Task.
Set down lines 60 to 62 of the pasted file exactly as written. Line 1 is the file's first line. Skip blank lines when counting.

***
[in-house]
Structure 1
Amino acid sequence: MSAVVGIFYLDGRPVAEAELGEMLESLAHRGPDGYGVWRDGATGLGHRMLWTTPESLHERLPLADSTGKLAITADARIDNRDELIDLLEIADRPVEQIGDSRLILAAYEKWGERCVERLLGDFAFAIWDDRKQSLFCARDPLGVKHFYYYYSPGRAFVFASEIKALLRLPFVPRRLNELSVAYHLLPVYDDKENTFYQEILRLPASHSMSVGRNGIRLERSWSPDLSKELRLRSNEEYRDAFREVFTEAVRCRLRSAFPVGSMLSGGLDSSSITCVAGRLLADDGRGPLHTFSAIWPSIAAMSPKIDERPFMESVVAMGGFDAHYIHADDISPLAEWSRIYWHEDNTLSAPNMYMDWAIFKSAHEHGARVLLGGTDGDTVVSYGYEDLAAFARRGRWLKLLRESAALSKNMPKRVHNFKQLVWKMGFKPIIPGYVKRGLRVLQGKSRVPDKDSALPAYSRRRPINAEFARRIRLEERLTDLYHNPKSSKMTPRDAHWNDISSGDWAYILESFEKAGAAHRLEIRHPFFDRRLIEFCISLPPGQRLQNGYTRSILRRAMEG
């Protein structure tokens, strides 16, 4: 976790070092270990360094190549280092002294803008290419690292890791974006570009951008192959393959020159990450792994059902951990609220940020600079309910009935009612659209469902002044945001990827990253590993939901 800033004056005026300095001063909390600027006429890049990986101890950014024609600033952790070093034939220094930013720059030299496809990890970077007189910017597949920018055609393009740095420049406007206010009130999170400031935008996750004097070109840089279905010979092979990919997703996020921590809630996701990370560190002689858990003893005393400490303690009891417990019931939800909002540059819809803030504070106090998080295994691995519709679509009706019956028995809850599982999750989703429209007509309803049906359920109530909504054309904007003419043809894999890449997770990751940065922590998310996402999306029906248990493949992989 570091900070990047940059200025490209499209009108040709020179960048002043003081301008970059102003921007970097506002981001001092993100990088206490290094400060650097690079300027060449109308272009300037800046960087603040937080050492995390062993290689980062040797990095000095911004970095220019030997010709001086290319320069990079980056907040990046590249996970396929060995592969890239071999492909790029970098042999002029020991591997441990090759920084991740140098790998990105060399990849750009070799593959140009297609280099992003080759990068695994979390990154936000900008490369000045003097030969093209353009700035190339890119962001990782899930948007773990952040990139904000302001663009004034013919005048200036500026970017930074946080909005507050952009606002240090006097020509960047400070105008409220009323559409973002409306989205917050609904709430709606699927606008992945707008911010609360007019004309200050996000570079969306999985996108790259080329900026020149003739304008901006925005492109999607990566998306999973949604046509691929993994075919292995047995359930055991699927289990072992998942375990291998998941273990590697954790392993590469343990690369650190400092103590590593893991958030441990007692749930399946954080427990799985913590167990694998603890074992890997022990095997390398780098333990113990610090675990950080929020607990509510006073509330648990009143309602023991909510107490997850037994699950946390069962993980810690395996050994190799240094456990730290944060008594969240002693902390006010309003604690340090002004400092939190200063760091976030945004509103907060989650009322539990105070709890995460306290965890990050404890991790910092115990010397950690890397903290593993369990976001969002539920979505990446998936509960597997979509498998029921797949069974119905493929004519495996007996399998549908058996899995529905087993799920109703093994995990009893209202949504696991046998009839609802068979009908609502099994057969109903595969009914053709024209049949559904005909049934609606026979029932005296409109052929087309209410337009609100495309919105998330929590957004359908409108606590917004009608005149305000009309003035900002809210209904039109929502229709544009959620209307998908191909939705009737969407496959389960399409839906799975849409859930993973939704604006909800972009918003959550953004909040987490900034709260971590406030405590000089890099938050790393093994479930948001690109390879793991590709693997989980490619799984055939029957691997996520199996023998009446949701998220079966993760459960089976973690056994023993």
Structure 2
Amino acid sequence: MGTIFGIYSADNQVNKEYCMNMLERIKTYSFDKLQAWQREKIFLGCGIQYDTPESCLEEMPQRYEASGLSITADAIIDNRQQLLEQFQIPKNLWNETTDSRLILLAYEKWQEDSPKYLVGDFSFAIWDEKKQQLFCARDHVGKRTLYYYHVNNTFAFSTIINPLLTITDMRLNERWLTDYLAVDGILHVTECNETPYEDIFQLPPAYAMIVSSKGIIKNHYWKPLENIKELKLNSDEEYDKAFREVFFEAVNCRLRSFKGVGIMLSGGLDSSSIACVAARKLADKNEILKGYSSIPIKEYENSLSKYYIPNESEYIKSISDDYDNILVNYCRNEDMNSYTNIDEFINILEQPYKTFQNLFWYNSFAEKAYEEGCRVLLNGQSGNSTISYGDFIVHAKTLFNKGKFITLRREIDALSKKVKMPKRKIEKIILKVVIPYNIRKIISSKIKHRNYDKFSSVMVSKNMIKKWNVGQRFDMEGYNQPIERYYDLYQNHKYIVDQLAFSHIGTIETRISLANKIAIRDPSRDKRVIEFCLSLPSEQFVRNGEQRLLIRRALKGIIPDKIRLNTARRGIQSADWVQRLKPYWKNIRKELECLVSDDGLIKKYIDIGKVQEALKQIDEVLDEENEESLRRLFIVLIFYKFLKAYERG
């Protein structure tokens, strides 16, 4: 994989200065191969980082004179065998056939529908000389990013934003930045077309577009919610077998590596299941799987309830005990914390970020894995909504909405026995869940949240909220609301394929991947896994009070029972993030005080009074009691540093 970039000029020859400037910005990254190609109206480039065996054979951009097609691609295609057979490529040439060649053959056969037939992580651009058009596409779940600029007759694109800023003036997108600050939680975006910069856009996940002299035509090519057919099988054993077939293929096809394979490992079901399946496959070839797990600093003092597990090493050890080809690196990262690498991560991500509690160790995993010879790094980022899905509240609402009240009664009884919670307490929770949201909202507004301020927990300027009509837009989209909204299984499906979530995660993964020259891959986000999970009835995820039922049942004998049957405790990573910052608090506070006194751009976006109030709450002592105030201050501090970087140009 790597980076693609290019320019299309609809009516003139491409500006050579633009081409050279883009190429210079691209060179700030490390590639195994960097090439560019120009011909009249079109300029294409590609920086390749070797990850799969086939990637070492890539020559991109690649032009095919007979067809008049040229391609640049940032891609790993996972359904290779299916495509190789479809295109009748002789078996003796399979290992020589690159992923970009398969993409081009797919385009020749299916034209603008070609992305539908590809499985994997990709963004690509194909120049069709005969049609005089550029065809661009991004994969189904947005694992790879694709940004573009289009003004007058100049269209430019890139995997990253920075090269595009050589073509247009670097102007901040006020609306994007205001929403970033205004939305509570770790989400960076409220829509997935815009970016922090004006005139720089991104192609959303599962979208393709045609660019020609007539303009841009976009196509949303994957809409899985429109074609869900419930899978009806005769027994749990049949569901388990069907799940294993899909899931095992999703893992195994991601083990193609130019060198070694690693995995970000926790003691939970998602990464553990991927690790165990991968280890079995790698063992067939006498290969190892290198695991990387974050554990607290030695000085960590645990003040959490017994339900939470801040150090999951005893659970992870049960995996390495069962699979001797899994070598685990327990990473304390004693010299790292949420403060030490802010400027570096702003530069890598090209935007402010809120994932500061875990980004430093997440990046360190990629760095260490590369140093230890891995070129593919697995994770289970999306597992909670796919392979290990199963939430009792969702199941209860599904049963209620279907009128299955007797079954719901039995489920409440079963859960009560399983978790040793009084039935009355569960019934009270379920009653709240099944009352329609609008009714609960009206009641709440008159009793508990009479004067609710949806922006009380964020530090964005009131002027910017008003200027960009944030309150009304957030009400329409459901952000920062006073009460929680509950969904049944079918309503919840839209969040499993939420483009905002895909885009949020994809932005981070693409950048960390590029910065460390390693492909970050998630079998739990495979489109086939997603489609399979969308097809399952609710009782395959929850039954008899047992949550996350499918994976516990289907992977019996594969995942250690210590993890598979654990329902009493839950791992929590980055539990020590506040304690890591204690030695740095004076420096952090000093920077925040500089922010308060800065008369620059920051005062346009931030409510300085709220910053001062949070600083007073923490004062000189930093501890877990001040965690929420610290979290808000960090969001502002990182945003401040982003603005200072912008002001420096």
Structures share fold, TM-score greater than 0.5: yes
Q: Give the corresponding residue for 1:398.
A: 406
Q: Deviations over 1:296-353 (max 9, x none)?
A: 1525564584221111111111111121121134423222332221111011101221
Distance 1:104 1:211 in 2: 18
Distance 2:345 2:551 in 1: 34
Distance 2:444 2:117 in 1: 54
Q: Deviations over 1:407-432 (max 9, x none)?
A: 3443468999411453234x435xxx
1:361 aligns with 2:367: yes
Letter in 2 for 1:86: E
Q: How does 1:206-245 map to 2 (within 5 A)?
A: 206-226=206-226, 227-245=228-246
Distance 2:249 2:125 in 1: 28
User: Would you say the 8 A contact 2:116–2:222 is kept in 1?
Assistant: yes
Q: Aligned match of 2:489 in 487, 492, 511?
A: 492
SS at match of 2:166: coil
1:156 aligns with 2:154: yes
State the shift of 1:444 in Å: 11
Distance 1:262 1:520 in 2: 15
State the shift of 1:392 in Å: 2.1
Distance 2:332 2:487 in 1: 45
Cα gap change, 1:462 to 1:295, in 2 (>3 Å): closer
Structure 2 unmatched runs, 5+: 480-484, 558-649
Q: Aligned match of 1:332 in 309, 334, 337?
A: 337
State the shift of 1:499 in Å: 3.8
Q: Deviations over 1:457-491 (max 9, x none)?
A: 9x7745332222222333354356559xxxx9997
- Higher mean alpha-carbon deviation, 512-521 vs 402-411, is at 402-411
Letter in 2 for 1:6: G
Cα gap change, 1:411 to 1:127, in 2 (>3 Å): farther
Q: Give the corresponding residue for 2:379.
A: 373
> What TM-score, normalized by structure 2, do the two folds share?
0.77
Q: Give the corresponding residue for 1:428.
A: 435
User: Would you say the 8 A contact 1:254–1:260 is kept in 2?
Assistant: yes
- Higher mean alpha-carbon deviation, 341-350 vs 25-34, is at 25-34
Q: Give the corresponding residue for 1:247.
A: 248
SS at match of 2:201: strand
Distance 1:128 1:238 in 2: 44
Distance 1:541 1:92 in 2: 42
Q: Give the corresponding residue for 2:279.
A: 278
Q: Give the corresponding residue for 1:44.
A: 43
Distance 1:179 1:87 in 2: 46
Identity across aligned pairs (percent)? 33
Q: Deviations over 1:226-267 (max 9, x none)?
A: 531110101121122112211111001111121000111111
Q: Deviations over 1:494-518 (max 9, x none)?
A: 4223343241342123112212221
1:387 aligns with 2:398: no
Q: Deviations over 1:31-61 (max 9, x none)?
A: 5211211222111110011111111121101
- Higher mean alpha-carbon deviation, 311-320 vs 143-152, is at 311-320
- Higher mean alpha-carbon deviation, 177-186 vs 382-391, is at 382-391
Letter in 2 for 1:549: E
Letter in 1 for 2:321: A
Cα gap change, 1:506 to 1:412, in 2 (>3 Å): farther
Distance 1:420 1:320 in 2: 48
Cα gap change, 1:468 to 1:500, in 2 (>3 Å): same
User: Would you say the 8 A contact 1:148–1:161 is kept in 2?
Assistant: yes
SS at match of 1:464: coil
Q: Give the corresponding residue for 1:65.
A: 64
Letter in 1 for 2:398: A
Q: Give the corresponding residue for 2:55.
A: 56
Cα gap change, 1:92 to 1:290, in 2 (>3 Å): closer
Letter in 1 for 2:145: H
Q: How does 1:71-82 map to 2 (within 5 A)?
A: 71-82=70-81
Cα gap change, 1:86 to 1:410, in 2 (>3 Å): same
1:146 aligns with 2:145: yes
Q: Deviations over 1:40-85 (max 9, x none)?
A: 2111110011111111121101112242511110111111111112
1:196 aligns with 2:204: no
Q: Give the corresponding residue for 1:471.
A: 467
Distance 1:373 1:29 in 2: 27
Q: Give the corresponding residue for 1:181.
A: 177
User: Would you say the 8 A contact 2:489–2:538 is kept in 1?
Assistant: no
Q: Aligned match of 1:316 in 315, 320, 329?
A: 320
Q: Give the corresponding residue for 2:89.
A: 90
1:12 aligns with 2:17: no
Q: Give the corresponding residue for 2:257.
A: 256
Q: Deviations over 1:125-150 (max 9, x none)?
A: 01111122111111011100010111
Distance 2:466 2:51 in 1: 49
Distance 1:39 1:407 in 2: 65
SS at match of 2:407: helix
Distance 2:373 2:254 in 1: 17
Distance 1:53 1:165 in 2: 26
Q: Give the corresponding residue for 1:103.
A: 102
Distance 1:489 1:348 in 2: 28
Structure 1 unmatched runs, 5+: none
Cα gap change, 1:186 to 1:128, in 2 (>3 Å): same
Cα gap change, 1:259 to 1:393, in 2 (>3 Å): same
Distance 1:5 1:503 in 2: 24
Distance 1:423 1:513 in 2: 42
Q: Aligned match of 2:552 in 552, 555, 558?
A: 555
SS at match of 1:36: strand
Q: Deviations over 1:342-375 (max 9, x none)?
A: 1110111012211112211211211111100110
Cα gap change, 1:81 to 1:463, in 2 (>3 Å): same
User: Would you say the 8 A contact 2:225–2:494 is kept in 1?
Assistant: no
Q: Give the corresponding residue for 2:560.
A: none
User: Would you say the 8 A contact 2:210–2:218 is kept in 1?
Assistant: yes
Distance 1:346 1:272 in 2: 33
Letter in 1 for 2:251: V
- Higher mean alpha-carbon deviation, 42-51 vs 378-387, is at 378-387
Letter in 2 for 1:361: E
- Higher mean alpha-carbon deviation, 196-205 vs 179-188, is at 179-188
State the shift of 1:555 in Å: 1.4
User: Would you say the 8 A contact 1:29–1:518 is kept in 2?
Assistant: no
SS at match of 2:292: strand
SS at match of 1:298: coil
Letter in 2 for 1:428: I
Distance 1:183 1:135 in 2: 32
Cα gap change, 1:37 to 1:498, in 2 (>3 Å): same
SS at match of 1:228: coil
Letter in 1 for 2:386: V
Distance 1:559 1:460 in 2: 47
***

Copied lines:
A: 43
Distance 1:179 1:87 in 2: 46
Identity across aligned pairs (percent)? 33